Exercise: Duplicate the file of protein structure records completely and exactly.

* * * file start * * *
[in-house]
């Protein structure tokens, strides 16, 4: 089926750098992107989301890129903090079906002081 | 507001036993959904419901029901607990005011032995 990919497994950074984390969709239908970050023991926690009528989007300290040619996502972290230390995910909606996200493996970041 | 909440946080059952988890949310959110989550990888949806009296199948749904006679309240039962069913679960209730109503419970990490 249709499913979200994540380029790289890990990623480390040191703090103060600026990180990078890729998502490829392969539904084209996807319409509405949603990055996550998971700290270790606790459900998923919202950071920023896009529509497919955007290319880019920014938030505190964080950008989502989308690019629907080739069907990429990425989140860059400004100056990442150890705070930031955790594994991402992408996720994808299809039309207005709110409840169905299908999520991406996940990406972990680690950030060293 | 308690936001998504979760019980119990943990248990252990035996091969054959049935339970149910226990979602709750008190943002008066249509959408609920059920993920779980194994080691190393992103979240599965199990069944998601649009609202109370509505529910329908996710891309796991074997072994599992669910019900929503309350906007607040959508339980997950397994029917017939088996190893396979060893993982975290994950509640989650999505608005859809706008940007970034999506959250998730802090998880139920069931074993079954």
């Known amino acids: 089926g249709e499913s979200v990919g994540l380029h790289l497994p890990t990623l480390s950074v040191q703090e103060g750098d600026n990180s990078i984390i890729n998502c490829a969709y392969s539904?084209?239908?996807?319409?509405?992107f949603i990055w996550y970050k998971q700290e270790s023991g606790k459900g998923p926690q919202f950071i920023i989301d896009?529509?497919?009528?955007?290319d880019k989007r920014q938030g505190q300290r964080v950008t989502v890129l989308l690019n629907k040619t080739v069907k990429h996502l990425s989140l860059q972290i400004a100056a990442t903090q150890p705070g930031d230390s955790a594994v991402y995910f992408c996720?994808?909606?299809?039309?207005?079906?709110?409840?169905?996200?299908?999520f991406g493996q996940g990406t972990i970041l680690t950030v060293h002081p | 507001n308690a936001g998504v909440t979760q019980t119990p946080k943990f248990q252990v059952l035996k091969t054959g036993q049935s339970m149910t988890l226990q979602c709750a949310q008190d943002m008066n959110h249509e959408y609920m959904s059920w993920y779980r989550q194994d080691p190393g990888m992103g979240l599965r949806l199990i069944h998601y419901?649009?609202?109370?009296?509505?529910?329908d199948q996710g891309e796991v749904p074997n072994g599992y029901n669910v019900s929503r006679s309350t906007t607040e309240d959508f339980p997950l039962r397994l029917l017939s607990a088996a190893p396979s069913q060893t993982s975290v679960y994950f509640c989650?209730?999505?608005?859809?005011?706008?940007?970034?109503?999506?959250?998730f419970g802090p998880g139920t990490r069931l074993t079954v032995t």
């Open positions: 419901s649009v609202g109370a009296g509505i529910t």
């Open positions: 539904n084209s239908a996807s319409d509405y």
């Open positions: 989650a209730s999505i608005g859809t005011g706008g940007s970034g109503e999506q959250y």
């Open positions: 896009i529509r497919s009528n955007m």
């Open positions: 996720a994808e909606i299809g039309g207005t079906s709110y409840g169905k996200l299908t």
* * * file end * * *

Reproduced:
[in-house]
């Protein structure tokens, strides 16, 4: 089926750098992107989301890129903090079906002081 | 507001036993959904419901029901607990005011032995 990919497994950074984390969709239908970050023991926690009528989007300290040619996502972290230390995910909606996200493996970041 | 909440946080059952988890949310959110989550990888949806009296199948749904006679309240039962069913679960209730109503419970990490 249709499913979200994540380029790289890990990623480390040191703090103060600026990180990078890729998502490829392969539904084209996807319409509405949603990055996550998971700290270790606790459900998923919202950071920023896009529509497919955007290319880019920014938030505190964080950008989502989308690019629907080739069907990429990425989140860059400004100056990442150890705070930031955790594994991402992408996720994808299809039309207005709110409840169905299908999520991406996940990406972990680690950030060293 | 308690936001998504979760019980119990943990248990252990035996091969054959049935339970149910226990979602709750008190943002008066249509959408609920059920993920779980194994080691190393992103979240599965199990069944998601649009609202109370509505529910329908996710891309796991074997072994599992669910019900929503309350906007607040959508339980997950397994029917017939088996190893396979060893993982975290994950509640989650999505608005859809706008940007970034999506959250998730802090998880139920069931074993079954």
């Known amino acids: 089926g249709e499913s979200v990919g994540l380029h790289l497994p890990t990623l480390s950074v040191q703090e103060g750098d600026n990180s990078i984390i890729n998502c490829a969709y392969s539904?084209?239908?996807?319409?509405?992107f949603i990055w996550y970050k998971q700290e270790s023991g606790k459900g998923p926690q919202f950071i920023i989301d896009?529509?497919?009528?955007?290319d880019k989007r920014q938030g505190q300290r964080v950008t989502v890129l989308l690019n629907k040619t080739v069907k990429h996502l990425s989140l860059q972290i400004a100056a990442t903090q150890p705070g930031d230390s955790a594994v991402y995910f992408c996720?994808?909606?299809?039309?207005?079906?709110?409840?169905?996200?299908?999520f991406g493996q996940g990406t972990i970041l680690t950030v060293h002081p | 507001n308690a936001g998504v909440t979760q019980t119990p946080k943990f248990q252990v059952l035996k091969t054959g036993q049935s339970m149910t988890l226990q979602c709750a949310q008190d943002m008066n959110h249509e959408y609920m959904s059920w993920y779980r989550q194994d080691p190393g990888m992103g979240l599965r949806l199990i069944h998601y419901?649009?609202?109370?009296?509505?529910?329908d199948q996710g891309e796991v749904p074997n072994g599992y029901n669910v019900s929503r006679s309350t906007t607040e309240d959508f339980p997950l039962r397994l029917l017939s607990a088996a190893p396979s069913q060893t993982s975290v679960y994950f509640c989650?209730?999505?608005?859809?005011?706008?940007?970034?109503?999506?959250?998730f419970g802090p998880g139920t990490r069931l074993t079954v032995t």
């Open positions: 419901s649009v609202g109370a009296g509505i529910t």
């Open positions: 539904n084209s239908a996807s319409d509405y």
């Open positions: 989650a209730s999505i608005g859809t005011g706008g940007s970034g109503e999506q959250y």
């Open positions: 896009i529509r497919s009528n955007m």
């Open positions: 996720a994808e909606i299809g039309g207005t079906s709110y409840g169905k996200l299908t």